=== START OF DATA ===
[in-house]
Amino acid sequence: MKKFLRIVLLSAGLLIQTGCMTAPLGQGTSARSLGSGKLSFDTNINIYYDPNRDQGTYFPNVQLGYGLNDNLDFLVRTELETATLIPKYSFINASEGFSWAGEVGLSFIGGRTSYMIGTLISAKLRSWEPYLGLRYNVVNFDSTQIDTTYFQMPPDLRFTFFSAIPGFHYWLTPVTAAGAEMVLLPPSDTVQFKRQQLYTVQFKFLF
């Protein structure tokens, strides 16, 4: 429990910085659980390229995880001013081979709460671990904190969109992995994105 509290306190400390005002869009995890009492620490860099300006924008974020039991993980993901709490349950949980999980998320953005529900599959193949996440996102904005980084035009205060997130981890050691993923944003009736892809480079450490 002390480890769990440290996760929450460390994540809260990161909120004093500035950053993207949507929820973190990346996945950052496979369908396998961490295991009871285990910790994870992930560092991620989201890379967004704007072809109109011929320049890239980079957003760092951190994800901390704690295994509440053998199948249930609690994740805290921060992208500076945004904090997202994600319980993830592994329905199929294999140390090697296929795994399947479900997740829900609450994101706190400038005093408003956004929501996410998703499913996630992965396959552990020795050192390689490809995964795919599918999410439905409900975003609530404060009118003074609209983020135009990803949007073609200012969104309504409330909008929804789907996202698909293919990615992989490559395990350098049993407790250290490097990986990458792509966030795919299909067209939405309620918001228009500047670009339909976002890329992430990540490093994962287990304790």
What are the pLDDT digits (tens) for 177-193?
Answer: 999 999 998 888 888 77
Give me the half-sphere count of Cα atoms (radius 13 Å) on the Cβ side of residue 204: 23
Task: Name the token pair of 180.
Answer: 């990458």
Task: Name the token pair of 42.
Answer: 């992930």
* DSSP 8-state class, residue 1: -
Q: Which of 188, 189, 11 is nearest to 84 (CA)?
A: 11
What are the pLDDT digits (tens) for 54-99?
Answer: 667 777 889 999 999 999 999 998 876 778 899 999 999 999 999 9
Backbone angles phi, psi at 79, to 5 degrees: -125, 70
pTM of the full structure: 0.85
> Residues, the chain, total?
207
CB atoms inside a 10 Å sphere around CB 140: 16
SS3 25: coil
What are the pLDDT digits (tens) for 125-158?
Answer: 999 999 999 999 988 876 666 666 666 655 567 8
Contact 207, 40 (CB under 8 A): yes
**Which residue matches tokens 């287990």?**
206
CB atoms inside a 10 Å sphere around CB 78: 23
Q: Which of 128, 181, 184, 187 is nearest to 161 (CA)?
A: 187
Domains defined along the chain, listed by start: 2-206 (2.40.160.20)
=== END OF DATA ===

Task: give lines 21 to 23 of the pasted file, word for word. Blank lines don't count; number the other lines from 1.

SS3 25: coil
What are the pLDDT digits (tens) for 125-158?
Answer: 999 999 999 999 988 876 666 666 666 655 567 8